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Restaurants Are Still Struggling to Hire as 2 Million Jobs Remain Unfilled

The sector is still down 500,000 employees from pre-pandemic levels.

Chef garnishing plate with food Westend61/Getty Images

During the pandemic, tons of people took the opportunity to change their routine—and also their career.

Particularly in the hospitality industry, many businesses had to shut down or let go of employees. And now, almost three years since that first started happening, the sector is still facing problems: 2 million hospitality and leisure jobs remain open, The Washington Post reported on Friday. And while many industries have recovered, leisure and hospitality is still 500,000 employees short of its 2020 levels.

Part of the problem is that the people who used to work in these jobs—many of them with low wages and a lack of benefits—have moved into roles that provide them with a better quality of life. They may now be making more money than they did in the service industry, or have perks like paid time off and health insurance.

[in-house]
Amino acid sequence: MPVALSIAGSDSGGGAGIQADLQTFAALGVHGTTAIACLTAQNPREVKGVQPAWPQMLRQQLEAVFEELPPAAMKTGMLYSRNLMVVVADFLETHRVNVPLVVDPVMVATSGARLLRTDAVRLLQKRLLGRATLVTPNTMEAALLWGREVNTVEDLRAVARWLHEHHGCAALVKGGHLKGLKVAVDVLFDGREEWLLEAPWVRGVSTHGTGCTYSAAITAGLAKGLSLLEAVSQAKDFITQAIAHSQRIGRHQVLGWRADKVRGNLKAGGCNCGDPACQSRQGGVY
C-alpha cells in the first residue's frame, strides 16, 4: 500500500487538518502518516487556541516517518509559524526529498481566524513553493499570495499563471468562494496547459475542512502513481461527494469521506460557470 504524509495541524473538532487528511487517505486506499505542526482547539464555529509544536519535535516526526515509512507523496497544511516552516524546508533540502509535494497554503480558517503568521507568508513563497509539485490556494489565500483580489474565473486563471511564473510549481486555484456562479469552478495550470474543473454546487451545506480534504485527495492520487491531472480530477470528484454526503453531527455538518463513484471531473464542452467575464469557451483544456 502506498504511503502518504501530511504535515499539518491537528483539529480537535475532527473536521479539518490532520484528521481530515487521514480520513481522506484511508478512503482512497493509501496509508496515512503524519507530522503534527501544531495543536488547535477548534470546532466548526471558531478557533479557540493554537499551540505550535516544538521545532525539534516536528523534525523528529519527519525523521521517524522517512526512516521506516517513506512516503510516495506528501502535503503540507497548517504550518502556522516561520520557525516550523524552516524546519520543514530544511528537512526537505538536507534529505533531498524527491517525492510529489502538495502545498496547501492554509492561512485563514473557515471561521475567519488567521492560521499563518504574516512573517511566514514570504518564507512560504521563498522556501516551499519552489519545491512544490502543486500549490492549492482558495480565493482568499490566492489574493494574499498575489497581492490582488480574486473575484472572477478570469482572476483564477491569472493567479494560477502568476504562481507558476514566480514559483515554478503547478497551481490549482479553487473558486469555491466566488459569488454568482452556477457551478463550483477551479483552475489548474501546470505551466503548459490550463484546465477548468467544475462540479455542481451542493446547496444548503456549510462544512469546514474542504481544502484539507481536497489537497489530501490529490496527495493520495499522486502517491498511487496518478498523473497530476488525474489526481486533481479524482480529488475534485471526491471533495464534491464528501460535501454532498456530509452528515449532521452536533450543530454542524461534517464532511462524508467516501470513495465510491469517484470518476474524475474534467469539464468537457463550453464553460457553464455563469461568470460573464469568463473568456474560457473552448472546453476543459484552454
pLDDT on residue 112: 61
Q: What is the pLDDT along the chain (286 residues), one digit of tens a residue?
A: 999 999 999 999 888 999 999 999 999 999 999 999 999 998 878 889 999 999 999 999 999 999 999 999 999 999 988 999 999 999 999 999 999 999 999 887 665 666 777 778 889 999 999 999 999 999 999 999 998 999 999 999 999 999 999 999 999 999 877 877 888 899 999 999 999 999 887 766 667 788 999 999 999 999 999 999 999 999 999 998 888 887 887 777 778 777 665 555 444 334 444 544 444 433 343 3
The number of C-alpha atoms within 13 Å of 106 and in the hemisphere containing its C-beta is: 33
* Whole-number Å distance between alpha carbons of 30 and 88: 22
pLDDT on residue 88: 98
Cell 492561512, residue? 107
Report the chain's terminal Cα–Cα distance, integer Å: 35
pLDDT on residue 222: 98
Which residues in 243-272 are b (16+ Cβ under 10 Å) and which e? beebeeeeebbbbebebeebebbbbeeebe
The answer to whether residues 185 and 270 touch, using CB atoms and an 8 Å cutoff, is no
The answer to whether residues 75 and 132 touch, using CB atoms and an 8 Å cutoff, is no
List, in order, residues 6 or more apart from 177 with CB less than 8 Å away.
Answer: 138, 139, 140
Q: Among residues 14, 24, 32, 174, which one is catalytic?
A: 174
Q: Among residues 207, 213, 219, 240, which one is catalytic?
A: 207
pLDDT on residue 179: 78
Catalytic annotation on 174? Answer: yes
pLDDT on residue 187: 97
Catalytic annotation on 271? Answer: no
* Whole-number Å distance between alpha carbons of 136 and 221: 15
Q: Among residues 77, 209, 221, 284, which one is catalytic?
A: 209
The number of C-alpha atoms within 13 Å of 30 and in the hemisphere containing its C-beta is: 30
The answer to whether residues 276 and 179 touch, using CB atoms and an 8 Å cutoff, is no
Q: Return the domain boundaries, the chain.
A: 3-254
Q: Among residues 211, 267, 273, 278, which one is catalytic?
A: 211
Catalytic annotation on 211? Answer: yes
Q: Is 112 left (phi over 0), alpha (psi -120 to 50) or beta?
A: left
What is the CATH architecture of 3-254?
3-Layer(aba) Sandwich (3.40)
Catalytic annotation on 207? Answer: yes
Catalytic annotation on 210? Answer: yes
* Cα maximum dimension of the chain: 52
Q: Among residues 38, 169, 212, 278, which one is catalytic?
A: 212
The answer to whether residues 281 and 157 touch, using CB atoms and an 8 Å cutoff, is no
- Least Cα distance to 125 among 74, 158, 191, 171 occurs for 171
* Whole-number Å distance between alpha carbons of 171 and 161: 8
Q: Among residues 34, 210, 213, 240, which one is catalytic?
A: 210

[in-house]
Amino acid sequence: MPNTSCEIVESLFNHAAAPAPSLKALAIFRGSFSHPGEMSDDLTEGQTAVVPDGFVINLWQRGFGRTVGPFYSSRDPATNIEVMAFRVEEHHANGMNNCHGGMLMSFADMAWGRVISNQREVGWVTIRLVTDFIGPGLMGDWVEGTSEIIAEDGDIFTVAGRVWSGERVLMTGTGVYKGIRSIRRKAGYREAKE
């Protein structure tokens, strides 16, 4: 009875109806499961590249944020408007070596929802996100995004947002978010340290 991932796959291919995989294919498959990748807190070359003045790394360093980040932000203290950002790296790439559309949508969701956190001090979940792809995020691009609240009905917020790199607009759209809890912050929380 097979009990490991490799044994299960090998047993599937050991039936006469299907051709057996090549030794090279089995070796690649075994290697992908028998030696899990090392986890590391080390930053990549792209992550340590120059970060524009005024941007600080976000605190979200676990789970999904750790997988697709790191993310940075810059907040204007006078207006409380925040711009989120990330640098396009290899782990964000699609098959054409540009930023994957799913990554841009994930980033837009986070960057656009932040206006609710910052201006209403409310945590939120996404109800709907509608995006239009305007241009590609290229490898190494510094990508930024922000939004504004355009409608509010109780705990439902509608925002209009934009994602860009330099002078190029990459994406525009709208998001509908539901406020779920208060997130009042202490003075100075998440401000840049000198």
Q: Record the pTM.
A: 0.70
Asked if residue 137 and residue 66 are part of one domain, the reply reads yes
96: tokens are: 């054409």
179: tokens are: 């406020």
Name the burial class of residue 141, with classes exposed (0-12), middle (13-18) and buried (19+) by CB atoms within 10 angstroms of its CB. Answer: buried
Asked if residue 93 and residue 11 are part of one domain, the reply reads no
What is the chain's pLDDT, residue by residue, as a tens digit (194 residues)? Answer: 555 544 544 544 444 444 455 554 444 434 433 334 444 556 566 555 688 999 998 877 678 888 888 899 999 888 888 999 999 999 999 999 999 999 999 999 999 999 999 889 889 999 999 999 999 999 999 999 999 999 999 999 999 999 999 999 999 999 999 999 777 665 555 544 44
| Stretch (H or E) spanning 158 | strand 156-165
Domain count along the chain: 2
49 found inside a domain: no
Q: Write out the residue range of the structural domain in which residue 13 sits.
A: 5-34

“There’s this reshuffling going on that is explaining why lots of industries can’t find workers,” Betsey Stevenson, an economics professor at the University of Michigan and a former Labor Department chief economist, told the Post. “Their workers have left to go somewhere else.”

While the consequences of that are industry-wide, the effects are also hitting businesses on an individual level. One of my colleagues has heard from chefs and restaurateurs in New York City who have had to shorten their workweeks to fewer than seven days, citing labor shortages. Others are changing their business practices to attract new employees.

Alex Sirigu, the general manager of a restaurant in Cambridge, Massachusetts, has raised wages by as much as 20 percent and is closing earlier on weeknights, in hopes that workers will see that as a benefit. “The people who used to work in restaurants have gotten new jobs,” he told The Washington Post. “They’ve all moved on.”

Now the pool of workers is mostly a younger cohort, with entry-level applicants, he said. Many older workers retired during the pandemic, and there was an overall shift away from jobs with a lot of person-to-person contact, such as those in the service industry. Some economists, though, see this as an overall positive.

“This has been a good evolution—it has raised wages and changed the structure of the labor market in a deep, profound way,” the labor economist William Spriggs told the Post. “Workers who were trapped in low-wage jobs were able to escape by switching to higher-paying industries.”

But that’s still left the leisure and hospitality sector in a bit of a pickle, with jobs unfulfilled and restaurants having to deal with the fallout.

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